Fragrance question

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imanimani36912

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Hello All,

I have a burning question that I can't find the answer to anywhere else so I'm asking here. I've noticed that melt and pour soap retains scent and color better than cold process soap in most cases.

Why?

It can't be because of heat since you can make soap at room temperature and melt and pour melts at 120 degrees.

Is it due to an extra ingredient in melt and pour? If so, which ingredient?

I don't think it's pH since the pH of melt and pour and the pH of cold process soap are very close, if not the same in some cases.

I would greatly appreciate any responses :).
 

Megan

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It's because it doesn't go through the saponification process. Meaning, the lye actively breaks down some of the fragrance. There is no free lye in MP.

Hot process is similar in terms of how much scent you use to MP from what I've heard.

Edit: I'm also from NEO!
 

yolk

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I don't know about color retention in MP soap, but I think scent retention has something to do with the propylene glycol in the bases. That's my guess from the little I know.
 

LilianNoir

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A few things can effect the fragrance retention, and the environment of cold process batter is quite different from melt and pour. By the END of saponification and curing the result is the same but consider:
1. Temp. Melt and pour is melted and worked with around 120-130F. Cold process soap can start at that temperature (or can start lower) and heats up as it saponifies. Cold process batter can reach up to 180F (possibly higher if it overheats).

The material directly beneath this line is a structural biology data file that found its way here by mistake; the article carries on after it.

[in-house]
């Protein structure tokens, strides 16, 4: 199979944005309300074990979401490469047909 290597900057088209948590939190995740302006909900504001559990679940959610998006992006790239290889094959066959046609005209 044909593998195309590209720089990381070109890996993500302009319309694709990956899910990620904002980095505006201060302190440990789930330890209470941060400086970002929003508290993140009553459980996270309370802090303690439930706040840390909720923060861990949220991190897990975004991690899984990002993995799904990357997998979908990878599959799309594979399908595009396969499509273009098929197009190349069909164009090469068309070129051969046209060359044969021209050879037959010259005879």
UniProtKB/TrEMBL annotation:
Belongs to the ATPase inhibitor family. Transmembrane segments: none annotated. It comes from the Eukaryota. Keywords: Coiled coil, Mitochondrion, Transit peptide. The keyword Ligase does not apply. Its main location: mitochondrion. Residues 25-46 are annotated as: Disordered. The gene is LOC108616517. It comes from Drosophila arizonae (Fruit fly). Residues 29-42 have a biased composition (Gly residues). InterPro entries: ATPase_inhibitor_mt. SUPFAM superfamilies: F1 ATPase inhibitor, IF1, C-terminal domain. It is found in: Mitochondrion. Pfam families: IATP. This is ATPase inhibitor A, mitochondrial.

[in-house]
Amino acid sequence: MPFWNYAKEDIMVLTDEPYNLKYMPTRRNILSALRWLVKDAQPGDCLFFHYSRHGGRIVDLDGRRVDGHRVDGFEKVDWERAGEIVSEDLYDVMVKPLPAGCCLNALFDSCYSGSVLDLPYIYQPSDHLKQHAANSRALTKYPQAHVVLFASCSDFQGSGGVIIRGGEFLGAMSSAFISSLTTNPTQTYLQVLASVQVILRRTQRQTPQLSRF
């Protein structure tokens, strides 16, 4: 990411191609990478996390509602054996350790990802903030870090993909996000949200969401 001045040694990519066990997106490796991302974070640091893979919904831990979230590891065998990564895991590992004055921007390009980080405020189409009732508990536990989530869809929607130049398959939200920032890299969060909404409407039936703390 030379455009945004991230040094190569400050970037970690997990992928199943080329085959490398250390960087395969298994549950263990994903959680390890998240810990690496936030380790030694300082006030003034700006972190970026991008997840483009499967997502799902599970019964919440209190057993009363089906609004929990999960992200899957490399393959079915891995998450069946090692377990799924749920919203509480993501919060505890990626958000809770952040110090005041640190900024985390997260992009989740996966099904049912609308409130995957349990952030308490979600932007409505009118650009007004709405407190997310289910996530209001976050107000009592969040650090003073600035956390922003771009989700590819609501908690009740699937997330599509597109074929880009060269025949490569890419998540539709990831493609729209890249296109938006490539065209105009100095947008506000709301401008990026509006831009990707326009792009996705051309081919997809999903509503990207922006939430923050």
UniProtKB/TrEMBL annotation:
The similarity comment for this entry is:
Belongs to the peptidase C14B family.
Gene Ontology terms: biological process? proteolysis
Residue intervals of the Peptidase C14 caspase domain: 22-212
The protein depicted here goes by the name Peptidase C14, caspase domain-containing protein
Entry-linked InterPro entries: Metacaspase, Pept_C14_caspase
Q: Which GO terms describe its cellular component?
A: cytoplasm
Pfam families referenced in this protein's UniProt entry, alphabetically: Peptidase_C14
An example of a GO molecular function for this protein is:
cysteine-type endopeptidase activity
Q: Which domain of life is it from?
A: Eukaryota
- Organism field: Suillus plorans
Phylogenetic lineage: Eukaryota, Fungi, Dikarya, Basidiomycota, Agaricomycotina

Consider also that, depending on what you're doing with it, the melt and pour base doesn't stay at the 120F range for very long. Cold process batter will be warm for hours through saponification.
Aroma chemicals(that make up fragrance oil) can be quite sensitive, so the prolonged heat of saponification can certainly make a difference.

2. pH. Melt and pour is a finished soap and has a pH similar to finished cold process soap, 8-9, I've read the cold process is between 9-10. But raw cold process batter is around 12 on the pH scale.
That doesn't seem like a big difference, but remember the pH scale is logarithmic, not linear, and that difference is certainly enough to effect more sensitive aroma chemical molecules.

3. Saponification. I'm not sure if the oils in fragrance oils are saponifiable, but considering how many components are in fragrance(both synthetic and natural) it's not impossible that some of the fragrance may saponify. Most likely though it's a combination of heat and pH.
 

LilianNoir

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Re: color. I haven't noticed a difference with micas and pigments. Liquid colors may behave differently due to the additional ingredients(such as propylene glycol) in some melt and pour bases.
 

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